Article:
Out of the six-million people with disabilities and senior citizens, only 209,000 of them have expressed their intention to vote at the accessible polling places on Election Day, the Commission on Elections said on Wednesday.
Comelec chairman Andres Bautista said the small number may be due to their lack of awareness that they needed to declare their preference during the registration period.
“It is possible that they did not know that they needed to tick the box in the application form,” Bautista explained.
“At the end of the day, we are doing everything we can so that no voter is left behind. Our role as a poll management body is to always find ways to increase enfranchisement. Our primary client is always the voters,” the poll chief said.
After having listed down all seniors and PWDs in every precincts, the Comelec will now inform them to avail of the accessible polling places.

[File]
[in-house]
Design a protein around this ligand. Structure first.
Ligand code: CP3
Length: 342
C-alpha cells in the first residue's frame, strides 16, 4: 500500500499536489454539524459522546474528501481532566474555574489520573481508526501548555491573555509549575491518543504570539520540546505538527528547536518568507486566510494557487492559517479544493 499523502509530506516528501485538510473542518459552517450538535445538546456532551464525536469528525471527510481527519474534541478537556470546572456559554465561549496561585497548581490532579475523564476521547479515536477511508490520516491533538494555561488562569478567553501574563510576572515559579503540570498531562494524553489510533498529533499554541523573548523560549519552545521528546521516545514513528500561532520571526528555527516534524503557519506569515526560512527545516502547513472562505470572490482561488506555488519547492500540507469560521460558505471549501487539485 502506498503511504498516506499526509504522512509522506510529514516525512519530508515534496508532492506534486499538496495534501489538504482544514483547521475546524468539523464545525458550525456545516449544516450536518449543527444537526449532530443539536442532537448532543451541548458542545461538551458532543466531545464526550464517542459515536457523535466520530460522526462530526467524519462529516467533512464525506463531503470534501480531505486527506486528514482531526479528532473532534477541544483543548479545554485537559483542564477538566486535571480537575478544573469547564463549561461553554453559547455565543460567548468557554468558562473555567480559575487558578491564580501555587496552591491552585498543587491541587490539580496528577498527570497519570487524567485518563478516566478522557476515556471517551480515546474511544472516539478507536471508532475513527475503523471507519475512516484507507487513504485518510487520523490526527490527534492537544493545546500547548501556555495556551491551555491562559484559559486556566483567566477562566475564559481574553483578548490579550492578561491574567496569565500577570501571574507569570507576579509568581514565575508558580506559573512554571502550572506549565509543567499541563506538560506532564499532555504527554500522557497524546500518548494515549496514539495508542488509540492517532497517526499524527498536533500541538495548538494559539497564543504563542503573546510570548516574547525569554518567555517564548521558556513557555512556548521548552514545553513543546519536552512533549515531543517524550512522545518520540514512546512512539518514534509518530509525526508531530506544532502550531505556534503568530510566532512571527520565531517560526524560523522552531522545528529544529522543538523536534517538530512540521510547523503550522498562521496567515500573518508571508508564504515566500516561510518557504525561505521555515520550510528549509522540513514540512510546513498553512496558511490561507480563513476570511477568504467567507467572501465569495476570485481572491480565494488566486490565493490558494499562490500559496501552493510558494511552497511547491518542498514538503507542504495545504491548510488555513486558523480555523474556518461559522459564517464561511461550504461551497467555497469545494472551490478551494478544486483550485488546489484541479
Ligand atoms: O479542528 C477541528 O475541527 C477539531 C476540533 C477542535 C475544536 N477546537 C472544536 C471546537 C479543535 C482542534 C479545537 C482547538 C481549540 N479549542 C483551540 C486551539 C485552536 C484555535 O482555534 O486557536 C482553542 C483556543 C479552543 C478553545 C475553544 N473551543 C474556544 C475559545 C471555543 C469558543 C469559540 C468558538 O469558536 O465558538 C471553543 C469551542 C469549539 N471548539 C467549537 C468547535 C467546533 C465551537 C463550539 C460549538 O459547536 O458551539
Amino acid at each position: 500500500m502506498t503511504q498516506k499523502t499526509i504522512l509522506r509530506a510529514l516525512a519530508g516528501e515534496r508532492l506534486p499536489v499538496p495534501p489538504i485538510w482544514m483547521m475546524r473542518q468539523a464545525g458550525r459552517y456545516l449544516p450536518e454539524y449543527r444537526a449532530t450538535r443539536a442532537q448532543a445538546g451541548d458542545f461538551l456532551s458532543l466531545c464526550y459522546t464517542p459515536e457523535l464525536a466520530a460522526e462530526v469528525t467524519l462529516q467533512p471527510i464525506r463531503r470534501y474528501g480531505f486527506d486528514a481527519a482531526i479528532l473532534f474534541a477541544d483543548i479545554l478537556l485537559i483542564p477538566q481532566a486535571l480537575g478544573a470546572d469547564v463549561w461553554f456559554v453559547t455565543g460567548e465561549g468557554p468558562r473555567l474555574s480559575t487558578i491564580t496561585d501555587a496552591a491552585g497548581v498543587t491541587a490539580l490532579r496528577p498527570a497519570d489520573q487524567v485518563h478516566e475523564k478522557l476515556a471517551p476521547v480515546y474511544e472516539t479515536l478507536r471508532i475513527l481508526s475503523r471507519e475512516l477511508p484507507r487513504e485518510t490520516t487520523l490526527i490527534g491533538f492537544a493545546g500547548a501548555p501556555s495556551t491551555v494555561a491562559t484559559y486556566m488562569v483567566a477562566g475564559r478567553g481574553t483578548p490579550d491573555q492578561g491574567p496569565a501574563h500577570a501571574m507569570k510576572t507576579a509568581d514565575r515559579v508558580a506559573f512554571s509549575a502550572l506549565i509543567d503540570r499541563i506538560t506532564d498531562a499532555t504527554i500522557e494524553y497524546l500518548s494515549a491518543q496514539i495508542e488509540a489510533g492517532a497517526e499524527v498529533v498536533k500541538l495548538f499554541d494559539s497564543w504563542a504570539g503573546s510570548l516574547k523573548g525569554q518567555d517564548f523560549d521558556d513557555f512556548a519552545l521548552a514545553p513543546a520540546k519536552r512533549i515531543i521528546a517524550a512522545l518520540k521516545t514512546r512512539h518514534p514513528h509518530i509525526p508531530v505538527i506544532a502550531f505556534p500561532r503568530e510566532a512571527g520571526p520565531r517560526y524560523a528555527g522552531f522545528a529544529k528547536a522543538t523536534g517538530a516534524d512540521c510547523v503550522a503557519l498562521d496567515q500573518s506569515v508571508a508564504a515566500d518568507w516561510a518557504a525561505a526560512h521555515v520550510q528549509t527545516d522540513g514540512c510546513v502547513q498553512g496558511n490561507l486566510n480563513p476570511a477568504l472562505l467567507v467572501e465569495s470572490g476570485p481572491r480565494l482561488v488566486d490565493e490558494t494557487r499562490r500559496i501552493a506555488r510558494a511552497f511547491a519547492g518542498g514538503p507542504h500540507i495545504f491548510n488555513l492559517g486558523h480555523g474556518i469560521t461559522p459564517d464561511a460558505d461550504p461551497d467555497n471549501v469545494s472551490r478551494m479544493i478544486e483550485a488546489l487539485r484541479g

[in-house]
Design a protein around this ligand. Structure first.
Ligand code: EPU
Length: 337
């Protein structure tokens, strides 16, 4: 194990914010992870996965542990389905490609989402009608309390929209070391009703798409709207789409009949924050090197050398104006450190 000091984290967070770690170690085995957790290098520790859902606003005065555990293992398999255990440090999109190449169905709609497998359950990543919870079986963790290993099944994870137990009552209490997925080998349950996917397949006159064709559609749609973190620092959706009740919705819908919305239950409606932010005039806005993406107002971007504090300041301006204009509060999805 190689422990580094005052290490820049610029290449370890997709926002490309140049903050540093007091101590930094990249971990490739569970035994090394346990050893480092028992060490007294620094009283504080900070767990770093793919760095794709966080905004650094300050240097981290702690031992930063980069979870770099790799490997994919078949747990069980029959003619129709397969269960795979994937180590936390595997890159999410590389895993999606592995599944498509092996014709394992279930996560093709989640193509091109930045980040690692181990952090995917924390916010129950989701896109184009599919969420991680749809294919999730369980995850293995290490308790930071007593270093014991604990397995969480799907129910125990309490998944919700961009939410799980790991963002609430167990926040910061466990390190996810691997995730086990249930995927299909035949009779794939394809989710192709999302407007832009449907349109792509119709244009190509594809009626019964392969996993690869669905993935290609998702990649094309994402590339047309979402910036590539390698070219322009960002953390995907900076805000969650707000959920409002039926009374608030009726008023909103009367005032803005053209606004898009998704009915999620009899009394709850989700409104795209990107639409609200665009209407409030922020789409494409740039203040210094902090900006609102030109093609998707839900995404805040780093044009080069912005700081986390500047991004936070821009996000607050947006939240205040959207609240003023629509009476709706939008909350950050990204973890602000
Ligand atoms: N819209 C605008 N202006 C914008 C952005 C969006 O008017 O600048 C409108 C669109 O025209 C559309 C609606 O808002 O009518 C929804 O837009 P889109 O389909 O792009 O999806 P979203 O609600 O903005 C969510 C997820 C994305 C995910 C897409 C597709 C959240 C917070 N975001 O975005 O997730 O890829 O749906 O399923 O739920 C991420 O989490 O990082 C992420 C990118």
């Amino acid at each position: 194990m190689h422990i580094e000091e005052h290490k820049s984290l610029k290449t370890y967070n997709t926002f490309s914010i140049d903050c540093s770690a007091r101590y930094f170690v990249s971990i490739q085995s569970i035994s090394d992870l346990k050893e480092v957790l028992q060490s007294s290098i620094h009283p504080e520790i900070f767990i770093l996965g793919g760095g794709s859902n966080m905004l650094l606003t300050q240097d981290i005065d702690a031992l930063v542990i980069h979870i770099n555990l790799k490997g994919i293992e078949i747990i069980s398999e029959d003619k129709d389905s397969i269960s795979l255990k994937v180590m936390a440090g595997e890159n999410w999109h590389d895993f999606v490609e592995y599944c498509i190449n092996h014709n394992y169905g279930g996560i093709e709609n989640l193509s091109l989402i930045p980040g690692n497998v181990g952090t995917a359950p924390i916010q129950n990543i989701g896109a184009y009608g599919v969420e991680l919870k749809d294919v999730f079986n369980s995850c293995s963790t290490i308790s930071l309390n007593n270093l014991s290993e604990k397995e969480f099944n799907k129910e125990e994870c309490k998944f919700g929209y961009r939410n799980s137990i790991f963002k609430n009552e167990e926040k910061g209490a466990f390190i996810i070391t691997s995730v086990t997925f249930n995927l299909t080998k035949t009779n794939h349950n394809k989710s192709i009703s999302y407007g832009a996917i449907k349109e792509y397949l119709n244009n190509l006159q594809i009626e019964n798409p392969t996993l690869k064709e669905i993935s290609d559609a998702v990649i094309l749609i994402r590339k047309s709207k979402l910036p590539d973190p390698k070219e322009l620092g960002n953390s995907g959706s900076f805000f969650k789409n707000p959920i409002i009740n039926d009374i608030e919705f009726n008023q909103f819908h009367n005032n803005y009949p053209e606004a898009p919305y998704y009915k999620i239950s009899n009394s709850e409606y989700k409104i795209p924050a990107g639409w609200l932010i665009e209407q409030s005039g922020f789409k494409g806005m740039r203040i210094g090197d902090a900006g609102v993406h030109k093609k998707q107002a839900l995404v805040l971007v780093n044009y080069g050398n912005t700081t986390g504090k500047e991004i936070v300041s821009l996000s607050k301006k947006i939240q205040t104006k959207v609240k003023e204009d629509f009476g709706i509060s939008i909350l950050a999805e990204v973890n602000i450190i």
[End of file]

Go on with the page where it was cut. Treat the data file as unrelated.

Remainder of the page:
Bautista said the poll body is planning to transfer those with high number of PWDs and senior citizens to shopping malls adjacent to their polling precincts and designating voting rooms at the ground floors of voting centers.
“We can’t fix all the problems overnight. Efforts have been under way since 2008 and it’s a continuous process,” Bautista, who is an advocate of mall voting, said.
Since he assumed office, Bautista secured the support of several mall chains in installing voting centers to replace the adjacent or nearby polling precincts.
So far, the Fisher Mall has backed out from the deal explaining that its owners are involved with a partylist that will run in the elections.
Bautista also said that they are also coordinating with the Department of Education and the Department of Public Works and Highways in ensuring the availability of APPs in public schools that will be designated as voting centers.